G-7 leaders condemned Russia’s “clear violation” of Ukraine’s sovereignty in an e-mailed statement from the White House. U.K. Foreign Secretary William Hague today called the situation the “biggest crisis in Europe in the 21st century.”
The leaders of Canada, France, Germany, Italy, Japan, the U.K. and U.S., along with the heads of the European Council and the European Commission said they wouldn’t resume preparations for the summit in Sochi, Russia, “until the environment comes back where the G-8 is able to have meaningful discussion.”
Putin agreed to create a group to begin dialog on Ukraine, according to a German government statement after a phone call between the Russian leader and Chancellor Angela Merkel, who called Russian intervention in Crimea unacceptable.
Russia doesn’t want a war and the situation “can normalize” if the new government “starts to resolve domestic problems in accordance with international law,” Deputy Foreign Minister Grigory Karasin told Russian state TV yesterday.
Sending foreign observers to Crimea may be destabilizing, Russia’s ambassador to the Organization for Security and Cooperation in Europe, Andrei Kelin, said today in Vienna.
Crimea was given to Ukraine by Russia in 1954 by then-Soviet leader Nikita Khrushchev. People who identified themselves as ethnic Russian comprise 59 percent of Crimea’s population of about 2 million, with 24 percent Ukrainian and 12 percent Tatar, according to 2001 census data. Russians make up 17 percent of Ukraine’s entire population of 45 million.
Emrullah Isler, deputy premier of Turkey, located across the Black Sea, said today that his government is working to protect the country’s ethnic brethren in Crimea. The region will hold a referendum to help determine its status on March 30.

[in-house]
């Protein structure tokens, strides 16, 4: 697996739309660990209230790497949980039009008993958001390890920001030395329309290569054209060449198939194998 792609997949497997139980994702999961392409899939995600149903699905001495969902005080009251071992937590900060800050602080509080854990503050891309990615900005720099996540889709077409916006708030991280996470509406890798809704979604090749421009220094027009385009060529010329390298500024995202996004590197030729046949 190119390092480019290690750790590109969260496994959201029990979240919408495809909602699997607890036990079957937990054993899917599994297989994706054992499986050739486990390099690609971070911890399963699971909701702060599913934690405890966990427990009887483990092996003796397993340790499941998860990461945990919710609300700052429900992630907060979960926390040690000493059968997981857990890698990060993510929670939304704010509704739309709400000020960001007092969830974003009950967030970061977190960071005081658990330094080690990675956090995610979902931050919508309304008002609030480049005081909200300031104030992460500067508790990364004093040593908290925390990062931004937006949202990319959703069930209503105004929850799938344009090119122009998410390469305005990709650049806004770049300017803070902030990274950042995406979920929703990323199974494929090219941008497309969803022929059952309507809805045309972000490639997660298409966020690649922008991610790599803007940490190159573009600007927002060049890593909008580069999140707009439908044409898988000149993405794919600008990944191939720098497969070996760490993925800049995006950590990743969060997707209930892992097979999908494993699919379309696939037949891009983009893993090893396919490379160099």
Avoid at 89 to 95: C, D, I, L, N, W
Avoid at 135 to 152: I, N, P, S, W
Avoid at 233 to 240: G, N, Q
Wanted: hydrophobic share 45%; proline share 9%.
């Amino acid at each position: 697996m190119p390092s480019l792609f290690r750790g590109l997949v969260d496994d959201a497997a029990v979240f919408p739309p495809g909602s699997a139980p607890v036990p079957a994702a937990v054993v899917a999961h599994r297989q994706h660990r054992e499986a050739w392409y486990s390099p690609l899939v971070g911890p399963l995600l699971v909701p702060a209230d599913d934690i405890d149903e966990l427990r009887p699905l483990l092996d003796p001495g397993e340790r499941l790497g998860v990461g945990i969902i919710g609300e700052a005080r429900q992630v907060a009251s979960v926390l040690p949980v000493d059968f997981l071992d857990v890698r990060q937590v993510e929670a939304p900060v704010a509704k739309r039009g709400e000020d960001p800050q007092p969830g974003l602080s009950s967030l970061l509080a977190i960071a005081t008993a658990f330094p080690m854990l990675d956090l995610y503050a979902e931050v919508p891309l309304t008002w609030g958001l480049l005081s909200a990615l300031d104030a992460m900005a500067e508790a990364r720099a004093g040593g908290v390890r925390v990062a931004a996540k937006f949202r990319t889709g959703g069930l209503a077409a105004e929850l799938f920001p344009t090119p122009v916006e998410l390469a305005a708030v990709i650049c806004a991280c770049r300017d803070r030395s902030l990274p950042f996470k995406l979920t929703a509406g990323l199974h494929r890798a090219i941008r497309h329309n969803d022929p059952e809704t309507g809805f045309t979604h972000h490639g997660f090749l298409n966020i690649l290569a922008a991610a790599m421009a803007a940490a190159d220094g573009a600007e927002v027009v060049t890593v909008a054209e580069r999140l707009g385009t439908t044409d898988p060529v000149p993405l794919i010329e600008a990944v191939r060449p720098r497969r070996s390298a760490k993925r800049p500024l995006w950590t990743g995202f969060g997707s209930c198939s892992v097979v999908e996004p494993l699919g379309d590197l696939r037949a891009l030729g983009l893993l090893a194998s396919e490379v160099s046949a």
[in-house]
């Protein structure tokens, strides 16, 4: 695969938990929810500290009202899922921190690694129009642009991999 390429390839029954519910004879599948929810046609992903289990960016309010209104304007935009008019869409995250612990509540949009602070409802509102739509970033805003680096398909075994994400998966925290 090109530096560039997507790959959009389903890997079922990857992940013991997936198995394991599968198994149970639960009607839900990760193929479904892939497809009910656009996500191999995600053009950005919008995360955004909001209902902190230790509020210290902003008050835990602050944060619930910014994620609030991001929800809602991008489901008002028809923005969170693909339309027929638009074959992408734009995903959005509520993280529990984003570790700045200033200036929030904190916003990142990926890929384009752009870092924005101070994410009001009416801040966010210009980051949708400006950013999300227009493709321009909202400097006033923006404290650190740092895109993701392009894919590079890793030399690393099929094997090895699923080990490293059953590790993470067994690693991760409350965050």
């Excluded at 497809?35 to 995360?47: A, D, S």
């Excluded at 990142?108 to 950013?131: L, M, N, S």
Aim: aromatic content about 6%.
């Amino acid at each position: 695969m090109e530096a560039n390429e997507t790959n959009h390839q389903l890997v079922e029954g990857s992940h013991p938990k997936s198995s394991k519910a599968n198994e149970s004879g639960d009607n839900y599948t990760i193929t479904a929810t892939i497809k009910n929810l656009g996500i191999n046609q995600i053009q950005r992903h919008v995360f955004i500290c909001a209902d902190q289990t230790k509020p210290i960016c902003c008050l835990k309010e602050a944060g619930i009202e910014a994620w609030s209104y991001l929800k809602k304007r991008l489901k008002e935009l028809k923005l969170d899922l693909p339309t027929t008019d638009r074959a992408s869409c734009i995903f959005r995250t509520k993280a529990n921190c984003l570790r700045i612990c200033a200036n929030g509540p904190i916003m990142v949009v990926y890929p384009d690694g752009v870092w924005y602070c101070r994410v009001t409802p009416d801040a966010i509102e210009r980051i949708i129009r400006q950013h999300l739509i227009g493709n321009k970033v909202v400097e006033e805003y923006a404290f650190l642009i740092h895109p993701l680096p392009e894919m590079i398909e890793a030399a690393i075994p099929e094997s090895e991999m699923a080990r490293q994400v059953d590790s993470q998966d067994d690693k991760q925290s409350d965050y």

In the port of Odessa, west of Crimea, about 10,000 people marched yesterday to vent their anger at Putin, while about 100 cars belonging to pro-Russia demonstrators sought to block access to the city’s army base, Ukraine’s Espresso TV reported.
On Kiev’s Independence Square, the center of the anti-government uprising that toppled Yanukovych, protesters yesterday carried British, French and German flags and held banners with slogans including: “Putin -- hands off Ukraine!”
UDAR Party leader Vitali Klitschko told the crowds that the new government remains committed to signing an EU association agreement, whose rejection by Yanukovych sparked the street demonstrations in November. Russia opposes the pact.
About 50 people were detained yesterday in Moscow for public disturbances at unsanctioned anti-war rallies, Interfax reported, citing the police. A Kremlin-sanctioned march backing intervention in Ukraine drew 27,000 people, it said.
Russia’s actions in Ukraine continued to spark anger in Europe, where Polish Foreign Minister Radoslaw Sikorski labeled the situation as intolerable.
“Events in Crimea are a completely unprovoked, duplicitous armed intervention against a sovereign state,” he told reporters in Warsaw. “We know that predators grow hungrier as they eat and it’s up to the free world to oppose this logic.”
To contact the reporters on this story: Daryna Krasnolutska in Kiev at firstname.lastname@example.org; Volodymyr Verbyany in Simferopol, Ukraine at email@example.com; Kateryna Choursina in Kiev at firstname.lastname@example.org